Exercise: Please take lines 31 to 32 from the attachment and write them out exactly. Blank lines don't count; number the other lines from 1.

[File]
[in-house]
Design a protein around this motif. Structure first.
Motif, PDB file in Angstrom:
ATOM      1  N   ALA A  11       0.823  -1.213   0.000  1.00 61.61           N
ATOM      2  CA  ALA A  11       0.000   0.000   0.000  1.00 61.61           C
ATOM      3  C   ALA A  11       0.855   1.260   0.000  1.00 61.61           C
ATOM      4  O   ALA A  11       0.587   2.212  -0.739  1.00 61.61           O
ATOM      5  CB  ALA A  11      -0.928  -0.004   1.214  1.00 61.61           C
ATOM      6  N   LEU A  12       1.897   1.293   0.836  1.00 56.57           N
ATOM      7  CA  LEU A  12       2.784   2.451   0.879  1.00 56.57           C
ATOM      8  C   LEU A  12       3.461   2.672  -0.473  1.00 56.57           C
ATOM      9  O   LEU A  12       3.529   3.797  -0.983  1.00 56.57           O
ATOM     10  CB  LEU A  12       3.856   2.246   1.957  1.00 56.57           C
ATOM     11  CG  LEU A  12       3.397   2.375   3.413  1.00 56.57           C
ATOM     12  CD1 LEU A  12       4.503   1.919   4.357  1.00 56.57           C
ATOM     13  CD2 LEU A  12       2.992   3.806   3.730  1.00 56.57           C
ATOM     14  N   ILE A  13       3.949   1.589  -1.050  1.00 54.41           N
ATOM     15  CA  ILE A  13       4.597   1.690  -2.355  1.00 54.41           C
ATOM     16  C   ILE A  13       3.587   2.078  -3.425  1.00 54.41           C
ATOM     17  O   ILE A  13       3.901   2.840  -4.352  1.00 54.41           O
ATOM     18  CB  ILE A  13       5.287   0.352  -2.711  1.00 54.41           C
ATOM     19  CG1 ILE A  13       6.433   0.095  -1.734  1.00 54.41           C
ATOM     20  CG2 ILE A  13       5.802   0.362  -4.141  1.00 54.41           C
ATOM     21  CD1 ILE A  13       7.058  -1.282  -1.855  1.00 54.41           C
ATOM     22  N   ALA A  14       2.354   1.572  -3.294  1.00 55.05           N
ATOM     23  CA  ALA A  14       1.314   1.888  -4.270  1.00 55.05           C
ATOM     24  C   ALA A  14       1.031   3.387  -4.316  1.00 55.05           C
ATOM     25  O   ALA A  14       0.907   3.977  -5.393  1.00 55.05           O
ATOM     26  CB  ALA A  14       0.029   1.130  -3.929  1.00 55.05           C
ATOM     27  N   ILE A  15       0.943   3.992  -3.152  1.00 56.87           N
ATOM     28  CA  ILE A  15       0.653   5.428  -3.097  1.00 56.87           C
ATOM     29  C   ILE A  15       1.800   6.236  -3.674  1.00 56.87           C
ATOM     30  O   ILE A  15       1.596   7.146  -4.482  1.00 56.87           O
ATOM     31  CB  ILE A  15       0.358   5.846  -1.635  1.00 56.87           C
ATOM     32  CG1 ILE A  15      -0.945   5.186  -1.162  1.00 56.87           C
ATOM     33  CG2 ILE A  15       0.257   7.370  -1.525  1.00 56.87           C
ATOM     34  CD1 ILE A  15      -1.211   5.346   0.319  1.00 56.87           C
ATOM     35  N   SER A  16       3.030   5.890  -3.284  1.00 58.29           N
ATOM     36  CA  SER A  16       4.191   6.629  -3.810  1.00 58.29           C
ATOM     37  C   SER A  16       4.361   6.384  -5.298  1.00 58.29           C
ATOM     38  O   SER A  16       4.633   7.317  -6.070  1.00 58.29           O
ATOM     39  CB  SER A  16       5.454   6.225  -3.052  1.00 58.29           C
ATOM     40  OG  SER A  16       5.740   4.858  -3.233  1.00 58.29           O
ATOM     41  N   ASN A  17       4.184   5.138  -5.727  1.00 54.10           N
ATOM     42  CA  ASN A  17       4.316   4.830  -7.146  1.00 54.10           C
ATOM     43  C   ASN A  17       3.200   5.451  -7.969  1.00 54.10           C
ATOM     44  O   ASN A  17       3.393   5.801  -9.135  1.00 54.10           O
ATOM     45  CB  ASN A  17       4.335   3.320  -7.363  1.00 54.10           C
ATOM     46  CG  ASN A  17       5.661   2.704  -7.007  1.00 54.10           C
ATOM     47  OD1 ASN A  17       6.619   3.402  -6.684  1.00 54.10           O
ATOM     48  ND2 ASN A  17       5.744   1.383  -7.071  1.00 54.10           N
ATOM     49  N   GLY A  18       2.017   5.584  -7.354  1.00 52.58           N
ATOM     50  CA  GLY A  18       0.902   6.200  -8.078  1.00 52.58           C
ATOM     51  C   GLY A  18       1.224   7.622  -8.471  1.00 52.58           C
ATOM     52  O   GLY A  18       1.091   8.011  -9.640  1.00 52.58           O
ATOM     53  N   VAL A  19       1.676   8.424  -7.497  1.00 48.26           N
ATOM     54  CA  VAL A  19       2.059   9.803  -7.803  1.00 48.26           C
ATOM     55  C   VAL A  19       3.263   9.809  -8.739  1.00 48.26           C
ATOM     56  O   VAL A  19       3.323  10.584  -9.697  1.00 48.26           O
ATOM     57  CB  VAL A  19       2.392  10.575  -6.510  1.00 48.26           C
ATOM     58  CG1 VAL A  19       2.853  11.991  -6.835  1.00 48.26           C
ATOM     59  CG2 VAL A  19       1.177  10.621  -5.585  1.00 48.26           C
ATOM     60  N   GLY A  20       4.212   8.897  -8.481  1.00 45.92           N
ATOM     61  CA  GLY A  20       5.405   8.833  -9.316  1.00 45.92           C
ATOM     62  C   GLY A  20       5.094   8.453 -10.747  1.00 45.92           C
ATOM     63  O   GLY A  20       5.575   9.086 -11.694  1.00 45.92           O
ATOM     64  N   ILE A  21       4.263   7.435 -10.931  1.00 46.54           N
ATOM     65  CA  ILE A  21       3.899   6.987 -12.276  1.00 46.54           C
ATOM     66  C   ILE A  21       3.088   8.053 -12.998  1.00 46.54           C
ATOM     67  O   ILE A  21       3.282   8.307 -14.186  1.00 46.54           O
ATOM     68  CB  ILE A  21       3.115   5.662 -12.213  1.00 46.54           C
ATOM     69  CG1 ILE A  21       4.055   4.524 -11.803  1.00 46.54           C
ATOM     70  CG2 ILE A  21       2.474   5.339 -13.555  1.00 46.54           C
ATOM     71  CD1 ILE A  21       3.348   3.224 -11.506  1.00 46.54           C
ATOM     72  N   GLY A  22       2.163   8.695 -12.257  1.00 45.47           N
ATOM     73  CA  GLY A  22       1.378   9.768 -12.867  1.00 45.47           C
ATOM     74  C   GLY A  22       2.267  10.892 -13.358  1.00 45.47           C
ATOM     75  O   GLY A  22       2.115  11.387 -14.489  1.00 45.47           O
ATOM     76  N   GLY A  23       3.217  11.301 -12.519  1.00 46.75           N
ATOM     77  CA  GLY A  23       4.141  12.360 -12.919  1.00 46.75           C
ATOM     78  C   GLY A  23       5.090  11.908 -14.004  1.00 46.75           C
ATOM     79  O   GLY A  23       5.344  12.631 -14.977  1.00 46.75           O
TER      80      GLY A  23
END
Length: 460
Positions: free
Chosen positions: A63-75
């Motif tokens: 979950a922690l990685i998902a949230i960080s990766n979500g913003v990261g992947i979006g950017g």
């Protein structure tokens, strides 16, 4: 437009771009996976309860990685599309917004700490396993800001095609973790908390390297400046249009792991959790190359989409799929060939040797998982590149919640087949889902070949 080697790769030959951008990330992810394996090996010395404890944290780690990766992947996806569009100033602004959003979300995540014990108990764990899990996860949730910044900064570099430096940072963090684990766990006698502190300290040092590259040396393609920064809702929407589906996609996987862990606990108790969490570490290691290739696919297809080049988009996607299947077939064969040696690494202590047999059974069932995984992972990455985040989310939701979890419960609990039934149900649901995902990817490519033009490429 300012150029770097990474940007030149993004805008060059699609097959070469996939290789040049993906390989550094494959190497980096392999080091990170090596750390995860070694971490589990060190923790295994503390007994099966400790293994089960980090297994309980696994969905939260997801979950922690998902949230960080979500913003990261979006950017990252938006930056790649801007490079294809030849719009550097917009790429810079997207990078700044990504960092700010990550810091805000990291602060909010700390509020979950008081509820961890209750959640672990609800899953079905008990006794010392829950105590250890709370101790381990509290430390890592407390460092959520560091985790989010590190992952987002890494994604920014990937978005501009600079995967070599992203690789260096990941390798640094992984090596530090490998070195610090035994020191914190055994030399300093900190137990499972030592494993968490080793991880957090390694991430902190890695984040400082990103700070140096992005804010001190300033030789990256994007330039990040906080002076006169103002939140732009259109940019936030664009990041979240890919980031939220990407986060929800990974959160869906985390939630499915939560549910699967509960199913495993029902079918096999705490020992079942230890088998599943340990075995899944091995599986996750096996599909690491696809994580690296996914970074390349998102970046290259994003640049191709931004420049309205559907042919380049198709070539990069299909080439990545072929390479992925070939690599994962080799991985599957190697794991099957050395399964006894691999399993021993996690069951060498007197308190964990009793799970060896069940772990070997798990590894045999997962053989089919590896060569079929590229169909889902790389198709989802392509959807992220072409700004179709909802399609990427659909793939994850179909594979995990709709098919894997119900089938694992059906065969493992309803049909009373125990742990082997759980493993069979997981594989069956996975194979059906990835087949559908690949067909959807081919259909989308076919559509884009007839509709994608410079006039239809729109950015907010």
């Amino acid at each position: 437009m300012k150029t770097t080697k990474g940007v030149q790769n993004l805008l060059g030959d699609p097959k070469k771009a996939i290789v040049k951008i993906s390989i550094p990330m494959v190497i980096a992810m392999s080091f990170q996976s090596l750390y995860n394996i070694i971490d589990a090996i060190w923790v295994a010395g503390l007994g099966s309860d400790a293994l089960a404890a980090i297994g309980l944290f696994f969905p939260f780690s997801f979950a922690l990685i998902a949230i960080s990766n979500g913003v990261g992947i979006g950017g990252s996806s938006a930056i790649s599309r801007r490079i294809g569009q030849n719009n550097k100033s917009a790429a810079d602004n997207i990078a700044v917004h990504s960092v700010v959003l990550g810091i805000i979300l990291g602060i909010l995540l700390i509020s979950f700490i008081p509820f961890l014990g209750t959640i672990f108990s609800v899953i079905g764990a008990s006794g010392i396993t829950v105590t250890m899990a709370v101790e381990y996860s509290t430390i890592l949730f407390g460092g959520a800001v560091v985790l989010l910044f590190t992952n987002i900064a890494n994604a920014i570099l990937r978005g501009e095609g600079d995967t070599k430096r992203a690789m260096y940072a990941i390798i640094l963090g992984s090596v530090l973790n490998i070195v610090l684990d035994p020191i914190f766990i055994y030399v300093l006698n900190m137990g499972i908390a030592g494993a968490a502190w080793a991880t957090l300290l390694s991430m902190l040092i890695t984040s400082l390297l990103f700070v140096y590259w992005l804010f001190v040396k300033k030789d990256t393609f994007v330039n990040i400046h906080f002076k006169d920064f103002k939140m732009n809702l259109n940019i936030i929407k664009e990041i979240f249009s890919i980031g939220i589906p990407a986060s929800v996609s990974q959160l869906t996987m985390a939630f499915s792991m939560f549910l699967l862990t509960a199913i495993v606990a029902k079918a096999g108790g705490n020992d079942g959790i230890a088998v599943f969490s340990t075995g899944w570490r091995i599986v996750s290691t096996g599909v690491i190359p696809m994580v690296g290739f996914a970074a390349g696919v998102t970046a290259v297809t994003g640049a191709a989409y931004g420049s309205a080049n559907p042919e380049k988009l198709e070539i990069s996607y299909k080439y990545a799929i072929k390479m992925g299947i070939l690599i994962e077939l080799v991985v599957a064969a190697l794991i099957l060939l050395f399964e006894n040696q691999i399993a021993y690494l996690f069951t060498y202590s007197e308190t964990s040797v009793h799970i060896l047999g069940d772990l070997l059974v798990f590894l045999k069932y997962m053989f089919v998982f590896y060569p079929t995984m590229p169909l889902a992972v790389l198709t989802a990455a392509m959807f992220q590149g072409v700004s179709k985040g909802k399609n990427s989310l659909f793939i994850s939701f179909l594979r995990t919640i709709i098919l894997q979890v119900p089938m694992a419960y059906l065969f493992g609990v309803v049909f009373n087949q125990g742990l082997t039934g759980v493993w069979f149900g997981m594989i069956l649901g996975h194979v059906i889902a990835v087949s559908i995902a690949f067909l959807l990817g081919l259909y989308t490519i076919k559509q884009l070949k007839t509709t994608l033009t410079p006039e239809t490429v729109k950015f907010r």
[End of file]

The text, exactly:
ATOM     28  CA  ILE A  15       0.653   5.428  -3.097  1.00 56.87           C
ATOM     29  C   ILE A  15       1.800   6.236  -3.674  1.00 56.87           C